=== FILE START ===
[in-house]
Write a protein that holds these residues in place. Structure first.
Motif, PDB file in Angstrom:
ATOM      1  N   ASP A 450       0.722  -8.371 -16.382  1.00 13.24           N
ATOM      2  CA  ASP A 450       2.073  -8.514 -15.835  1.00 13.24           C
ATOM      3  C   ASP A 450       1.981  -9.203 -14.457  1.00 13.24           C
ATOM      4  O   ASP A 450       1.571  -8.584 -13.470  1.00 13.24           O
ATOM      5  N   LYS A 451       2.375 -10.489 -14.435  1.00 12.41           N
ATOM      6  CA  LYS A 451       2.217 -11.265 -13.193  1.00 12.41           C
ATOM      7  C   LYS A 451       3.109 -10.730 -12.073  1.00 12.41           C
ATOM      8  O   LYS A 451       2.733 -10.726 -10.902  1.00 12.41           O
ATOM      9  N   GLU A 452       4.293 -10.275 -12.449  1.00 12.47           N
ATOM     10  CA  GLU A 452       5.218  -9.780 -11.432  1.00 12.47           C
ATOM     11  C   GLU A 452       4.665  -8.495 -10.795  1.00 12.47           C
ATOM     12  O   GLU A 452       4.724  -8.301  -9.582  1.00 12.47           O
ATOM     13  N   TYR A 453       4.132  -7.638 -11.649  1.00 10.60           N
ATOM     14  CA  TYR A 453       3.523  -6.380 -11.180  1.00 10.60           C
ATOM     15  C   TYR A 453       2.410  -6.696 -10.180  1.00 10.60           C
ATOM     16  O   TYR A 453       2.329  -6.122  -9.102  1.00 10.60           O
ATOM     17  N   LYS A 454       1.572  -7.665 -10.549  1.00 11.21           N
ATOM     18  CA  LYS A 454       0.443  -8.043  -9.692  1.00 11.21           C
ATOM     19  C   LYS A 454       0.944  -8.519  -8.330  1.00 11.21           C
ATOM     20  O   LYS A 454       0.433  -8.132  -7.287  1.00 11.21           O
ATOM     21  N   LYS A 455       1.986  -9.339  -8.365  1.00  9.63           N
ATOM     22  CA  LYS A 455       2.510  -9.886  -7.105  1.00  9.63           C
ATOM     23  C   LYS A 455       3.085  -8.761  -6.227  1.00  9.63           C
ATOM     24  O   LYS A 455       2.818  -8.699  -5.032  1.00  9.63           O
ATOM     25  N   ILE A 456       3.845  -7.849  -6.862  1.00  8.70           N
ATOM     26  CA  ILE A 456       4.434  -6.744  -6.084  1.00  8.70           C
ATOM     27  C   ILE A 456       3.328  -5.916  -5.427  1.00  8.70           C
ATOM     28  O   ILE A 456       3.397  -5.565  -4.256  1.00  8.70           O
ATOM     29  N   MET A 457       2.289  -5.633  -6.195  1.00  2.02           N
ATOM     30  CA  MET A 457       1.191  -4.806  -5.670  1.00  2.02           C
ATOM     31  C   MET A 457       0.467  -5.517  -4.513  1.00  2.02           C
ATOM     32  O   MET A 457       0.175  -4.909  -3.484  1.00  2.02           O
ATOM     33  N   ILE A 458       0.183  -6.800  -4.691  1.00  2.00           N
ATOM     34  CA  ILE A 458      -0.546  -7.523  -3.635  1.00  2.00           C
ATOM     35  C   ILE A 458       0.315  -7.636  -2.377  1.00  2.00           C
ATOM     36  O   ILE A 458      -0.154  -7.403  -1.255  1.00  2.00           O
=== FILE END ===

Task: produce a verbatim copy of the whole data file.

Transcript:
[in-house]
Write a protein that holds these residues in place. Structure first.
Motif, PDB file in Angstrom:
ATOM      1  N   ASP A 450       0.722  -8.371 -16.382  1.00 13.24           N
ATOM      2  CA  ASP A 450       2.073  -8.514 -15.835  1.00 13.24           C
ATOM      3  C   ASP A 450       1.981  -9.203 -14.457  1.00 13.24           C
ATOM      4  O   ASP A 450       1.571  -8.584 -13.470  1.00 13.24           O
ATOM      5  N   LYS A 451       2.375 -10.489 -14.435  1.00 12.41           N
ATOM      6  CA  LYS A 451       2.217 -11.265 -13.193  1.00 12.41           C
ATOM      7  C   LYS A 451       3.109 -10.730 -12.073  1.00 12.41           C
ATOM      8  O   LYS A 451       2.733 -10.726 -10.902  1.00 12.41           O
ATOM      9  N   GLU A 452       4.293 -10.275 -12.449  1.00 12.47           N
ATOM     10  CA  GLU A 452       5.218  -9.780 -11.432  1.00 12.47           C
ATOM     11  C   GLU A 452       4.665  -8.495 -10.795  1.00 12.47           C
ATOM     12  O   GLU A 452       4.724  -8.301  -9.582  1.00 12.47           O
ATOM     13  N   TYR A 453       4.132  -7.638 -11.649  1.00 10.60           N
ATOM     14  CA  TYR A 453       3.523  -6.380 -11.180  1.00 10.60           C
ATOM     15  C   TYR A 453       2.410  -6.696 -10.180  1.00 10.60           C
ATOM     16  O   TYR A 453       2.329  -6.122  -9.102  1.00 10.60           O
ATOM     17  N   LYS A 454       1.572  -7.665 -10.549  1.00 11.21           N
ATOM     18  CA  LYS A 454       0.443  -8.043  -9.692  1.00 11.21           C
ATOM     19  C   LYS A 454       0.944  -8.519  -8.330  1.00 11.21           C
ATOM     20  O   LYS A 454       0.433  -8.132  -7.287  1.00 11.21           O
ATOM     21  N   LYS A 455       1.986  -9.339  -8.365  1.00  9.63           N
ATOM     22  CA  LYS A 455       2.510  -9.886  -7.105  1.00  9.63           C
ATOM     23  C   LYS A 455       3.085  -8.761  -6.227  1.00  9.63           C
ATOM     24  O   LYS A 455       2.818  -8.699  -5.032  1.00  9.63           O
ATOM     25  N   ILE A 456       3.845  -7.849  -6.862  1.00  8.70           N
ATOM     26  CA  ILE A 456       4.434  -6.744  -6.084  1.00  8.70           C
ATOM     27  C   ILE A 456       3.328  -5.916  -5.427  1.00  8.70           C
ATOM     28  O   ILE A 456       3.397  -5.565  -4.256  1.00  8.70           O
ATOM     29  N   MET A 457       2.289  -5.633  -6.195  1.00  2.02           N
ATOM     30  CA  MET A 457       1.191  -4.806  -5.670  1.00  2.02           C
ATOM     31  C   MET A 457       0.467  -5.517  -4.513  1.00  2.02           C
ATOM     32  O   MET A 457       0.175  -4.909  -3.484  1.00  2.02           O
ATOM     33  N   ILE A 458       0.183  -6.800  -4.691  1.00  2.00           N
ATOM     34  CA  ILE A 458      -0.546  -7.523  -3.635  1.00  2.00           C
ATOM     35  C   ILE A 458       0.315  -7.636  -2.377  1.00  2.00           C
ATOM     36  O   ILE A 458      -0.154  -7.403  -1.255  1.00  2.00           O